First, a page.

# Homework Help: Connected components of a metric subspace

1. Oct 29, 2013

### mahler1

The problem statement, all variables and given/known data.
Consider the subspace $U$ of the metric space $(C[0,1],d_∞)$ defined as $U=\{f \in C[0,1] : f(x)≠0 \forall x \in [0,1] \}$. Prove that $U$ is open and find its connected components.

The attempt at a solution.
First I've proved that $U$ is open. I want to check if my proof is correct:
Let $f \in U$. $f(x)≠0$ and $f$ is continuous, this means $f(x)>0$ or $f(x)<0$. Suppose $f(x)>0$. The function $f$ is a continuous function defined on a compact set then there exists $x_0 \in [0,1]$ such that $f(x)≥f(x_0)>0 \forall x \in [0,1]$. Consider the ball $B(f,\frac{f(x_0)}{2})$. Let $g \in B(f,\frac{f(x_0)}{2})$. Then, $|f(x)-g(x)|≤sup_{x \in [0,1]}|f(x)-g(x)|=d_∞(f(x),g(x))<\frac{f(x_0)}{2}$.But then $f(x)-g(x)<\frac{f(x_0)}{2}→0<f(x)-\frac{f(x_0)}{2}<g(x)$. This proves that $g \in U$ for an arbitrary $g \in B(f,\frac{f(x_0)}{2})→B(f,\frac{f(x_0)}{2}) \subset U$

The case $f(x)<0$ is analogue. $f$ is a continuous function on a compact set, then there exists $x_1 \in [0,1]$ such that $f(x)≤f(x_1)<0 \forall x \in [0,1]$. Consider the ball $B(f,\frac{-f(x_1)}{2})$. Let $g \in B(f,\frac{-f(x_1)}{2})$. Then $|f(x)-g(x)|≤sup_{x \in [0,1]}|f(x)-g(x)|=d_∞(f(x),g(x))<\frac{-f(x_1)}{2}$. This means $\frac{f(x_1)}{2}<f(x)-g(x)→0<\frac{f(x_1)}{2}-f(x)<-g(x)→0>f(x)-\frac{f(x_1)}{2}>g(x)$. This implies $g \in U$ for an arbitrary $g \in B(f,\frac{f(x_1)}{2})→B(f,\frac{f(x_1)}{2}) \subset U$

I am stuck on the second part of the problem. If a function f is in the subspace U, then the connected component of f would be the union of all the connected subspaces in U that contain f. My doubt is: What are the connected components of a subspace (in this case, U)?. How could I try to find them?

2. Oct 29, 2013

### Dick

You've already got the ingredients you need. Define $U_{+}$ to be the set of positive functions and $U_{-}$ to be the set of negative functions. You've proved both of those are open. So? BTW what definition of connectedness are you using?

3. Oct 29, 2013

### pasmith

$U$ can be written as a disjoint union of open sets, namely
$$U = \{ f \in U: f(x) > 0\} \cup \{f \in U : f(x) < 0\}$$

It is possible to show that each of those subsets is path connected, and hence connected.

4. Oct 29, 2013

### mahler1

If $(X,d)$ is a metric space and $C \subset X$, then $C$ is connected if:
1) There aren't any $U$,$V$ non-empty, disjoint and open in $C$ such that $C=U \cup V$
2) If $A \subset C$ is non-empty, open and closed in $C$, then $A=C$.

These are the two equivalent definitions I am using.

So, you've said that I should consider $U_{+}$ and $U_{-}$. I've already proved they are open and it is easy to see that both are non-empty ($f(x)$ constantly $1$ and $h(x)$ constantly $-1$ are in $U_{+}$ and $U_{-}$ respectively) and it's immediate to show that they are disjoint for if $f \in U_{+} \cap U_{-}$ then $0<f(x)<0 \forall x \in [0,1]$, which is absurd. From here I can conclude that $U$ is not connected. I am pretty sure that $U_{+}$ and $U_{-}$ are the only connected components of $U$, but I don't know how to prove it. In fact I am not sure of the formal definition of connected components of a subspace. I intuitively think that they are the "maximal" connected subsets of the space (in terms of inclusion). Is that the definition?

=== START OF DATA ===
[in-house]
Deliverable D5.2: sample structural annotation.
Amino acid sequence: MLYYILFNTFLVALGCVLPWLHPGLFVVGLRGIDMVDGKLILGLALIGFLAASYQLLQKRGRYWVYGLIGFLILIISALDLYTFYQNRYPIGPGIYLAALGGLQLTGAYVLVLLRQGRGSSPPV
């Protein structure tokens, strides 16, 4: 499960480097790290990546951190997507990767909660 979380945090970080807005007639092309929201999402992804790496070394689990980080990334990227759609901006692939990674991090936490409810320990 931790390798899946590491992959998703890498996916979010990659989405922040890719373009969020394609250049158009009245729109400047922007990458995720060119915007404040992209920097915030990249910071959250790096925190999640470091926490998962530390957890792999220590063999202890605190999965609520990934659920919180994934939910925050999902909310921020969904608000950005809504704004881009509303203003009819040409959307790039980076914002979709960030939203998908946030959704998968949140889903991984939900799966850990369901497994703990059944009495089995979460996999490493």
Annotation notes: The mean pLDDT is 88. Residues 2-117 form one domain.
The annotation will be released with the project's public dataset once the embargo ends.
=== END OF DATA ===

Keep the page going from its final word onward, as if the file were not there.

5. Oct 29, 2013

### mahler1

Ok, once I've proved that, should I prove that if $A \subset U$ is connected then $A \subset U_{+}$ or $A \subset U_{-}$? (using Dick's notation)

6. Oct 29, 2013

### Dick

Right you are. Now you just need to show $U_{+}$ and $U_{-}$ are connected.

7. Oct 29, 2013

### Dick

One way is to show that they arcwise connected. If $f_1$ and $f_2$ are two functions in $U_{+}$, then $t f_1+(1-t) f_2$ is in $U_{+}$ for t in [0,1], right? Suppose that there were two sets that disconnect $U_{+}$ but $f_1$ is in one and $f_2$ is in the other?

Last edited: Oct 29, 2013
8. Oct 29, 2013

### mahler1

I've just proved that $U_{+}$ and $U_{-}$ are path connected by the same way you did.

Sorry, I don't know if this was what you were pointing me out but it is what I've came up with:

Suppose $A \subset U$ is connected and suppose $A$ is not totally included in $U_{+}$ or
$U_{-}$. We know that $U_{+}$ and $U_{-}$ disconnect $U$, so $A \subset U_{+} \cup U_{-}$. By the previous statements we have $A \cap U_{+}≠∅$ and $A \cap U_{-}≠ ∅$. I define $A_{+}=\{f \in A : f \in U_{+}\}$ and $A_{-}=\{h \in A : h \in U_{-}\}$. Then $A_{+}$ and $A_{-}$ disconnect $A$ which is absurd since $A$ is connected. It follows $A \subset U_{+}$ or $A \subset U_{-}$. This proves $U_{+}$ and $U_{-}$ are the only connected components of $U$.

Is this correct? Thanks for your help!

9. Oct 29, 2013

### Dick

It's all fine up until "This proves $U_{+}$ and $U_{-}$ are the only connected components of $U$". It doesn't prove that. Suppose $U_{+}$ could be split into two connected components? The point to what I was telling you is that if $U_{+}$ could be disconnected then the real interval [0,1] could be disconnected. And we know it can't. That's what the arcwise connected bit is about. Maybe there is a another way to do this, but this is the way I usually think about it.

Last edited: Oct 29, 2013